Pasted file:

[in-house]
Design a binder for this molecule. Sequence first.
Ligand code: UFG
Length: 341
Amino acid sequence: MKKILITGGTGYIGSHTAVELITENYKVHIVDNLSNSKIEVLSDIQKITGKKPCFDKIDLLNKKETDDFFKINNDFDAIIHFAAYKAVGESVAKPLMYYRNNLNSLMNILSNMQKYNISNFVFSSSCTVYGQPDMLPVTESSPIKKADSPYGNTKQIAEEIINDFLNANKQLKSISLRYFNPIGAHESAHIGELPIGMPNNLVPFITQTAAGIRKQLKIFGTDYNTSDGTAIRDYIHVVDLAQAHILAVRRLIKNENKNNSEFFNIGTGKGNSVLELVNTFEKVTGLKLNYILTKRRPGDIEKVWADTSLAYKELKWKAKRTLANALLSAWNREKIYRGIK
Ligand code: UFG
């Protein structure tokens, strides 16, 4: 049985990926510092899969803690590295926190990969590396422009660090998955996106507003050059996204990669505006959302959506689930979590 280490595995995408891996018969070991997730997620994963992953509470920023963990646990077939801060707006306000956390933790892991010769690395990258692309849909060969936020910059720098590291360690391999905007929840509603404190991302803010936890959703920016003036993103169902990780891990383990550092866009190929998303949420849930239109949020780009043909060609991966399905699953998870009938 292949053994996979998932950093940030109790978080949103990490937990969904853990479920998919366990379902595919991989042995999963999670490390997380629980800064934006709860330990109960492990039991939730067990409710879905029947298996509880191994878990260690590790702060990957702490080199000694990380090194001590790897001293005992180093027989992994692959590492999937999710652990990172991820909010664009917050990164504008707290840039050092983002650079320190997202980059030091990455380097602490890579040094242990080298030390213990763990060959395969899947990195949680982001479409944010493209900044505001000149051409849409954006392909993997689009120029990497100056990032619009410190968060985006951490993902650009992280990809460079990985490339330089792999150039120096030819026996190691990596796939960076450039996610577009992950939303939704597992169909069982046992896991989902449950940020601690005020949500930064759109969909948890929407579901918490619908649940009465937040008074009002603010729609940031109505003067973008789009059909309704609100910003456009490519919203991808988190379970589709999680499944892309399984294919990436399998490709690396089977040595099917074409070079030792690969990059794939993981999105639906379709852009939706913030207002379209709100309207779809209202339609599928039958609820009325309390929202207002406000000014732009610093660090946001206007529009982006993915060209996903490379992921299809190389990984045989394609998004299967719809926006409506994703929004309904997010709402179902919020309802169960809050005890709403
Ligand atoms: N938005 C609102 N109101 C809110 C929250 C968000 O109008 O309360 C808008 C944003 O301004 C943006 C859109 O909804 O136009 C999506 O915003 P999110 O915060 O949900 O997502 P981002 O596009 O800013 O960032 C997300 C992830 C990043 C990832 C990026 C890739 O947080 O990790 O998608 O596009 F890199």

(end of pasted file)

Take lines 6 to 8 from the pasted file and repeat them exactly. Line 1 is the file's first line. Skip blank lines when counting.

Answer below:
Ligand code: UFG
């Protein structure tokens, strides 16, 4: 049985990926510092899969803690590295926190990969590396422009660090998955996106507003050059996204990669505006959302959506689930979590 280490595995995408891996018969070991997730997620994963992953509470920023963990646990077939801060707006306000956390933790892991010769690395990258692309849909060969936020910059720098590291360690391999905007929840509603404190991302803010936890959703920016003036993103169902990780891990383990550092866009190929998303949420849930239109949020780009043909060609991966399905699953998870009938 292949053994996979998932950093940030109790978080949103990490937990969904853990479920998919366990379902595919991989042995999963999670490390997380629980800064934006709860330990109960492990039991939730067990409710879905029947298996509880191994878990260690590790702060990957702490080199000694990380090194001590790897001293005992180093027989992994692959590492999937999710652990990172991820909010664009917050990164504008707290840039050092983002650079320190997202980059030091990455380097602490890579040094242990080298030390213990763990060959395969899947990195949680982001479409944010493209900044505001000149051409849409954006392909993997689009120029990497100056990032619009410190968060985006951490993902650009992280990809460079990985490339330089792999150039120096030819026996190691990596796939960076450039996610577009992950939303939704597992169909069982046992896991989902449950940020601690005020949500930064759109969909948890929407579901918490619908649940009465937040008074009002603010729609940031109505003067973008789009059909309704609100910003456009490519919203991808988190379970589709999680499944892309399984294919990436399998490709690396089977040595099917074409070079030792690969990059794939993981999105639906379709852009939706913030207002379209709100309207779809209202339609599928039958609820009325309390929202207002406000000014732009610093660090946001206007529009982006993915060209996903490379992921299809190389990984045989394609998004299967719809926006409506994703929004309904997010709402179902919020309802169960809050005890709403
Ligand atoms: N938005 C609102 N109101 C809110 C929250 C968000 O109008 O309360 C808008 C944003 O301004 C943006 C859109 O909804 O136009 C999506 O915003 P999110 O915060 O949900 O997502 P981002 O596009 O800013 O960032 C997300 C992830 C990043 C990832 C990026 C890739 O947080 O990790 O998608 O596009 F890199």